Get Fit for the Alps
On a typical Alpine day you will make something in the order of 1000m of ascent. You may get up in the small hours of the morning, and work hard until well into the afternoon. Over twelve hours of steady smouldering exercise. Twelve hours of walking, scrambling, leading, rope hauling, clearing, kicking, pulling, sweating, shaking, sliding, wading endeavour. Not exactly twenty minutes on the local treadmill is it?
Here are a few ideas on getting yourself fit enough to climb in the Alps:
Timing is really important, as most people leave it too late to make a significant difference. The aim is to get your heart and lungs fit a couple of months before you go. Get all your training in early, and then take a rest before you get to the Alps. Arriving exhausted already is hardly better than being unfit. See our training plan for a more structured approach.
Some Training is Better Than Others
If you run, then go running on hills. Cycling works a lot of the right muscle groups. Walking can be made even more beneficial by carrying extra loads. In the good old days, climbers used to carry rocks up hills. Better still is to fill water bottles before you go, then empty them before the descent - all the extra exercise, without wrecking your knees!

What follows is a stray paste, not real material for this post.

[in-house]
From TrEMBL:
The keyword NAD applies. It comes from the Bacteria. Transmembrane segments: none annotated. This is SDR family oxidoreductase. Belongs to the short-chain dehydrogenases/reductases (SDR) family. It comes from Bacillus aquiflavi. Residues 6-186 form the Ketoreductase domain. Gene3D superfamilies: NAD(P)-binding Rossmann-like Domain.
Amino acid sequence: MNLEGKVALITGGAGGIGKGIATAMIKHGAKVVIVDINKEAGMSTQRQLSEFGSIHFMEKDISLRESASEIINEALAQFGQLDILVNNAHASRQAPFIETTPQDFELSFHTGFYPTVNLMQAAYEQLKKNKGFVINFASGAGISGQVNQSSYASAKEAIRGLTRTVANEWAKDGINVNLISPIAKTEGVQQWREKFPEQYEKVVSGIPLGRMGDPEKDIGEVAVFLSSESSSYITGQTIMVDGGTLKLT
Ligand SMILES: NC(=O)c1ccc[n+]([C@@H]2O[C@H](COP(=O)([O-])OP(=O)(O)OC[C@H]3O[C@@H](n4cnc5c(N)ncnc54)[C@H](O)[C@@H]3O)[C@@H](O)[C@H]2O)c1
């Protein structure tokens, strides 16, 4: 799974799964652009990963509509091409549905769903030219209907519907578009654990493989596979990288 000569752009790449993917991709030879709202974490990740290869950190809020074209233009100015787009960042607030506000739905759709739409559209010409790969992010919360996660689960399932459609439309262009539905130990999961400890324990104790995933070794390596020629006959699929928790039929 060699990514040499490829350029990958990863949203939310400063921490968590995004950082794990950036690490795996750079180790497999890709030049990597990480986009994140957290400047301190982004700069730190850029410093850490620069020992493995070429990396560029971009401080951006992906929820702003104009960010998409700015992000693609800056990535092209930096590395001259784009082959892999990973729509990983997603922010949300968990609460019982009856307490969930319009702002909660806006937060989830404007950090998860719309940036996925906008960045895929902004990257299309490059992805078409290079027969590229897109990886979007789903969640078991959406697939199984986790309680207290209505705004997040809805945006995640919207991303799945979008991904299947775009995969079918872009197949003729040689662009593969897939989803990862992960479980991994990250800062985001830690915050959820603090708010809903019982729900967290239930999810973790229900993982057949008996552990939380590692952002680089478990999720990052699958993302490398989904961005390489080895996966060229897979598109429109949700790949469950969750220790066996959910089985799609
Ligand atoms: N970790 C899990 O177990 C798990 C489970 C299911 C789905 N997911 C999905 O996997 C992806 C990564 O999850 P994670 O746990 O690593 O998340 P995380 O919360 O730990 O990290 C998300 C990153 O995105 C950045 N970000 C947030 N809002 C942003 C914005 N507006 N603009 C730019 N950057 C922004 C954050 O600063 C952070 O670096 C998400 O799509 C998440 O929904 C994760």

It's not all bad news - because every little helps!
The first thing to do is consider any opportunities in your lifestyle for slow, steady exercise over a longer period. Cycling or walking to work for example. Go ski touring rather than piste skiing through the winter.
You can tweak your days out to include as many Alpine ingredients as possible. Climbing on mountain crags every weekend rather than bouldering. Go to Stanage and try to climb twenty pitches in a day. Try to set a target - go to the Idwal Slabs and aim for 600m of ascent in a day. These are all great ways to work towards the scale and pace of the summer.
Bulls-eye training aims to re-create the stresses and strains of an Alpine day as closely as possible (and you would be amazed how easily you can do it in the British Isles). Here are a few gems in an Alpine style:
* An ascent of Agag's groove, and back down curved ridge
* Up a classic Ben Nevis ridge, and down ledge route to finish.
* Main Wall on Gyrn Las, followed by the Parson's nose, Clogwyn y Person Arete, and a traverse of Crib Goch to finish.
* A tour of the Langdale crags. Aim for a route on as many crags as you can get to in a day.
These are such good training for the real thing and, which is more, they're really good days out in their own right.
Work for Each Other
Just remember, your Alpine partner needs to put the same amount of time in to getting fit, or it can lead to great disappointment!
What are you waiting for?